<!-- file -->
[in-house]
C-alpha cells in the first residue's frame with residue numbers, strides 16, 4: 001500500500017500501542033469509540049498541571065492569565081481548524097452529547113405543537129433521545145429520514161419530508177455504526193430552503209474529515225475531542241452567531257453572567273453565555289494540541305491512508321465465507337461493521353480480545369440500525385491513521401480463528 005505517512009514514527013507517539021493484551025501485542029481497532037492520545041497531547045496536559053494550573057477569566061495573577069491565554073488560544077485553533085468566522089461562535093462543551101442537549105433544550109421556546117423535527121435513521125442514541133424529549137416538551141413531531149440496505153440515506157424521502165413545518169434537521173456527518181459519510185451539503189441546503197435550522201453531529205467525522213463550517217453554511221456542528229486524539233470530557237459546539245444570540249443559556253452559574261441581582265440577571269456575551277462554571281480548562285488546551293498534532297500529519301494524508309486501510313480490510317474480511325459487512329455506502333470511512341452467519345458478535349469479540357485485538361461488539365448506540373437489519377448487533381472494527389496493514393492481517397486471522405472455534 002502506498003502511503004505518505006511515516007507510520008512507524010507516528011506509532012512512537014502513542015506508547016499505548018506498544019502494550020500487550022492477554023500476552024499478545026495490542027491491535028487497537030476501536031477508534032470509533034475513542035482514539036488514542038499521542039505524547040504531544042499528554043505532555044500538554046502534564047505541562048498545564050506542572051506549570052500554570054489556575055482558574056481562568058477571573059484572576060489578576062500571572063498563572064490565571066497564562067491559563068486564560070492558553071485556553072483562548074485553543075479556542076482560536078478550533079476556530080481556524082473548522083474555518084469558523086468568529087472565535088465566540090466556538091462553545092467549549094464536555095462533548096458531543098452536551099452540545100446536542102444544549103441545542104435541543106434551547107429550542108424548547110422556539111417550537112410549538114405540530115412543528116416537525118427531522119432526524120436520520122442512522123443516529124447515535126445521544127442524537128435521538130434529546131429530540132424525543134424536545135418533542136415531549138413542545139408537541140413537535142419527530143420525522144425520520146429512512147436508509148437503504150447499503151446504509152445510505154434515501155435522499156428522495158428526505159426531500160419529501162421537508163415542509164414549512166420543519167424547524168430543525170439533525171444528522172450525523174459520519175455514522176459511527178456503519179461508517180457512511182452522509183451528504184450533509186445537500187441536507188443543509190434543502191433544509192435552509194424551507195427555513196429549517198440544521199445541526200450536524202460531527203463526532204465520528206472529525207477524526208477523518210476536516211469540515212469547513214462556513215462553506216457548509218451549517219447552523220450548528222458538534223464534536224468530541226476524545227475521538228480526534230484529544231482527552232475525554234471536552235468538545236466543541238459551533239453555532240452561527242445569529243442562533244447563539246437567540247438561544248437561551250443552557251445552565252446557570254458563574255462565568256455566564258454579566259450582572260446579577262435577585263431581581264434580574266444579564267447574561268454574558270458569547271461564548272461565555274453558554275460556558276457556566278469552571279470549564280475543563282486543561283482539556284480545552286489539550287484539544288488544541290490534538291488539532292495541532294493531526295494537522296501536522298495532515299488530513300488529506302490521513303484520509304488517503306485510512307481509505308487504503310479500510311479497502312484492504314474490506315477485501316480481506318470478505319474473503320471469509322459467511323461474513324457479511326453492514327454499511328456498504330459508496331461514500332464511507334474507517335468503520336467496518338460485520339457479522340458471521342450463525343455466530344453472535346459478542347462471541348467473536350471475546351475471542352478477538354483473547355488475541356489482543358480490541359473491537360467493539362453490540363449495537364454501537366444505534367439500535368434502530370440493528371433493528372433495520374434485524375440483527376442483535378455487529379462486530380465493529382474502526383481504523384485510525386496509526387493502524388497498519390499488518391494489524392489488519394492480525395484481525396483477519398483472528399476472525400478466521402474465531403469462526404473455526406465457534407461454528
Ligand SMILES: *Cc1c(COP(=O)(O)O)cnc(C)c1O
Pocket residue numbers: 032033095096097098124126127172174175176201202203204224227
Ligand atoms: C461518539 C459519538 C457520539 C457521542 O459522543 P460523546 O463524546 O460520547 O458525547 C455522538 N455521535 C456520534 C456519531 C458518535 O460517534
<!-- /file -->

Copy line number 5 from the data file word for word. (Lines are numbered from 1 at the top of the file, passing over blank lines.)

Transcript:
Ligand atoms: C461518539 C459519538 C457520539 C457521542 O459522543 P460523546 O463524546 O460520547 O458525547 C455522538 N455521535 C456520534 C456519531 C458518535 O460517534